The 2013 slotting committee is pleased to announce the 2013-14 Hampshire College Theatre Season. This season is a direct reflection of our commitment to the mission of the Theatre Program and represents our diligence in upholding Hampshire's commitment to the principle that a liberal arts education should include a serious engagement with multiple cultural perspectives and diverse subject material.
For information on all upcoming events and guest lectures, please see our full calendar of events
The 2013-14 season represents a wide range of work with an overarching theme examining the liminal space between self and Other. To address this theme, productions will be working with unique audience interactions and powerful subject matter. The season will include concepts of race relations, abuse, body image, and love in order to invite the audience to look at themselves in a critical and thoughtful way.
Tickets may be reserved two weeks prior to the opening of each performance.
Ticket reservations »
Fat. Black. and Ugly
By Eshe Shukura
Oct. 18-20, Oct. 24-26
A performance installation that displays my personal Fat Body. Considers my brown, St. Louis-born, Atlanta-raised skin. Remembers my female body. Explores other fat. Connects to other fat. Exposes, critiques, and invites. Stories are captured. Multiple identities are awakened. Bodies are moving through around, under, above, and between textured spaces. Creating connections that are daring to exist.
How I Learned to Drive
By Paula Vogel
How I Learned to Drive is the honest, unapologetic story of a young girl whose entrance to womanhood is jump-started by an abusive relationship, and the ways that she eventually learns to live a life that she is choosing for herself. This play chronicles the growth of Lil' Bit, a girl brought up in a family who would rather ignore the facts facing them than learn to have open dialogue. It is a depiction of the insidious nature of abuse, the way that lives can be, and often are, molded around its cyclical qualities. Yes, it is a story of trauma, but in the heart of this play, it is the story of resilience. It is the story of a woman who finds that the place where she has endured the most pain is the place where she can be most free.
By Jack Spagnola
Jan. 24-26 and Jan. 30-Feb. 1
Melissa has just received news that her worldwide bestselling novel is now getting made into a movie, and she is ecstatic. When Stew, her struggling screenwriter husband, hears that his pilot will not be getting picked up by HBO, he is devastated. Collaboration is a new comedy that explores what happens when you keep a little too much from your spouse, and tell a little too much to someone who may not exist.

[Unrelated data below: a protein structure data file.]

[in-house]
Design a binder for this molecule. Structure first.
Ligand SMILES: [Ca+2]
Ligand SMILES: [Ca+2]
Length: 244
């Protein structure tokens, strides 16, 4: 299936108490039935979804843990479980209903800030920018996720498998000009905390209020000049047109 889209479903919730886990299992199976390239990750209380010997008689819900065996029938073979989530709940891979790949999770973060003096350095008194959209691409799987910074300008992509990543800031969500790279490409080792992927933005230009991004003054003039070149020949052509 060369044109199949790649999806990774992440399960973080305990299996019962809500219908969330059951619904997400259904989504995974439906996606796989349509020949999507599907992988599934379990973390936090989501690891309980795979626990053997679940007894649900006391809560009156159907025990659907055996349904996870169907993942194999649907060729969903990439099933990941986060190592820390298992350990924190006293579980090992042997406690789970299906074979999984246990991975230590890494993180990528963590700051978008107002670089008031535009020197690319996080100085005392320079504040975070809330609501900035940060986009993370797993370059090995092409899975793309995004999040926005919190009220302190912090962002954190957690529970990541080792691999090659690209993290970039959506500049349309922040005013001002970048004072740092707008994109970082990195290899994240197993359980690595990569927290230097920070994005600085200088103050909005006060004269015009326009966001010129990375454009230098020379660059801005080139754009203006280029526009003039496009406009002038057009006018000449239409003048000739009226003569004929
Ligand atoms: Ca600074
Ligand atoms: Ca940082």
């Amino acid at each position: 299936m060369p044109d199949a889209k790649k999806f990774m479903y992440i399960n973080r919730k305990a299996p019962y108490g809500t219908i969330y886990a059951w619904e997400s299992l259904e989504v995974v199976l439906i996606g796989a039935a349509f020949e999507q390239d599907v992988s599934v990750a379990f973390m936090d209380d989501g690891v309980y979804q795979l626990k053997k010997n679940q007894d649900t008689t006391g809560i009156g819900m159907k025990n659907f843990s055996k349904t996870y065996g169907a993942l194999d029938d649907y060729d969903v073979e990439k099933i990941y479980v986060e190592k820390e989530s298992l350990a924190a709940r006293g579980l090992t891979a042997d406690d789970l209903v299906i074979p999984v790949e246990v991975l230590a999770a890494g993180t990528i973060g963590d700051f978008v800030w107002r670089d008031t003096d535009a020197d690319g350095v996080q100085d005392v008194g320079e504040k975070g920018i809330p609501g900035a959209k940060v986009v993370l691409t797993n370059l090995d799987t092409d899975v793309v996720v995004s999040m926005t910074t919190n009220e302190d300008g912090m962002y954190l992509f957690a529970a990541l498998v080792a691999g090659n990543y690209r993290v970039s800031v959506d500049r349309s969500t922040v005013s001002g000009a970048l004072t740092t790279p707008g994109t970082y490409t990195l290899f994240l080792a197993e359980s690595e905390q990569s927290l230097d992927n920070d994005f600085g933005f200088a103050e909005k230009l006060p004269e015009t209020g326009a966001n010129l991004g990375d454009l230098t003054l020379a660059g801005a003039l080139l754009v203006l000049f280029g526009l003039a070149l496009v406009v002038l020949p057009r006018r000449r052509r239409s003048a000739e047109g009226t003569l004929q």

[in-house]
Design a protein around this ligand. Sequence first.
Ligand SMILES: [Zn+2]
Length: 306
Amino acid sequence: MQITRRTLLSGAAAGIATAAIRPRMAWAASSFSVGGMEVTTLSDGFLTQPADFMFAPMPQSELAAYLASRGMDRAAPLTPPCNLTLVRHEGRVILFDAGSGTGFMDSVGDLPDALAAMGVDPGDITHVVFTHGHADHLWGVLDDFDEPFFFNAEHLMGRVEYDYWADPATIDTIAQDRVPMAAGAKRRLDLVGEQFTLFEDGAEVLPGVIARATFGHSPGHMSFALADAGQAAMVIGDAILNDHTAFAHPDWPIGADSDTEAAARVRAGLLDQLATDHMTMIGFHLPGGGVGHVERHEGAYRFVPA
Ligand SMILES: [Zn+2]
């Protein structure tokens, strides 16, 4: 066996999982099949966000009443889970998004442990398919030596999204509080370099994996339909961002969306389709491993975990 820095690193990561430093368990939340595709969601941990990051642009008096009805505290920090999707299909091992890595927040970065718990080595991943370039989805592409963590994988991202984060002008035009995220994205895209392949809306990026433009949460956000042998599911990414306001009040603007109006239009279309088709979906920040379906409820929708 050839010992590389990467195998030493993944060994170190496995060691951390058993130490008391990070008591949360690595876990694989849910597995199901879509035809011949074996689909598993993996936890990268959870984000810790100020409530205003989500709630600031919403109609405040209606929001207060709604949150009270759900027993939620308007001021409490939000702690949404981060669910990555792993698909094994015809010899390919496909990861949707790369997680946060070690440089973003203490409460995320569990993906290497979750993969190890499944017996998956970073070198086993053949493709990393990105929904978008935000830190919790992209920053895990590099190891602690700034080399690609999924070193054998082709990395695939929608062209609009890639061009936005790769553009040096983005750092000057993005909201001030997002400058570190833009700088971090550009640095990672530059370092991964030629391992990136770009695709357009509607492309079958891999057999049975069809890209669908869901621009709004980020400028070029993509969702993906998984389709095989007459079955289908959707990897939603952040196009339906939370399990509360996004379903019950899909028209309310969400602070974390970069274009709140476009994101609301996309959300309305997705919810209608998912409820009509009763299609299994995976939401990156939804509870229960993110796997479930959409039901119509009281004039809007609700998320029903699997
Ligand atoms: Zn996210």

By Jimmy Lovett
Feb. 28-Mar. 2, Mar. 6-8
When a group of college students return to school after a summer apart, they’re excited to see each other again and start a new year. However, their blindness to abuse within their own circle of friends leads to an out-of-control downward spiral with no one to stop it. Relationships and lives fall apart as they struggle to find their places in their own worlds. An exploration of friendship, abuse, love, and depression, Complacency asks the audience who will help those that the system refuses to see.
By Tess R. Ornstein
On one smoldering hot day, the sudden disappearance of five-year old Kea Charmichael sends her multi-racial family into a rapidly declining tailspin. Situated at a time when intersecting oppressions and privileges met head on (Los Angeles, 1992, at the cusp of the Los Angeles and Rodney King riots) Cherubim explores how trauma resurrects supposedly quieted racism in both the systemic and interpersonal spheres. Join us as we radically reconsider familial race relation, notions of trauma, gender politics, and class fluidity (or lack thereof) in Cherubim.
Translation by Zachary Apony
The classic story of Medea written by Euripides will be brought to the Hampshire stage. This saga of an alienated immigrant confronting her lot as a subdued woman in a world dominated by the masculine propriety of a land not her own discusses issues such as immigration culture, ownership of the feminine and maternal identity, and transgression of social taboos in a way that is just as resonant now as it was twenty-five centuries ago. Through a lively adaptation that will involve movement-based performance, a brand-new translation, and a multiracial cast, Medea presents these issues to entertain and confront the Hampshire and Five College community.
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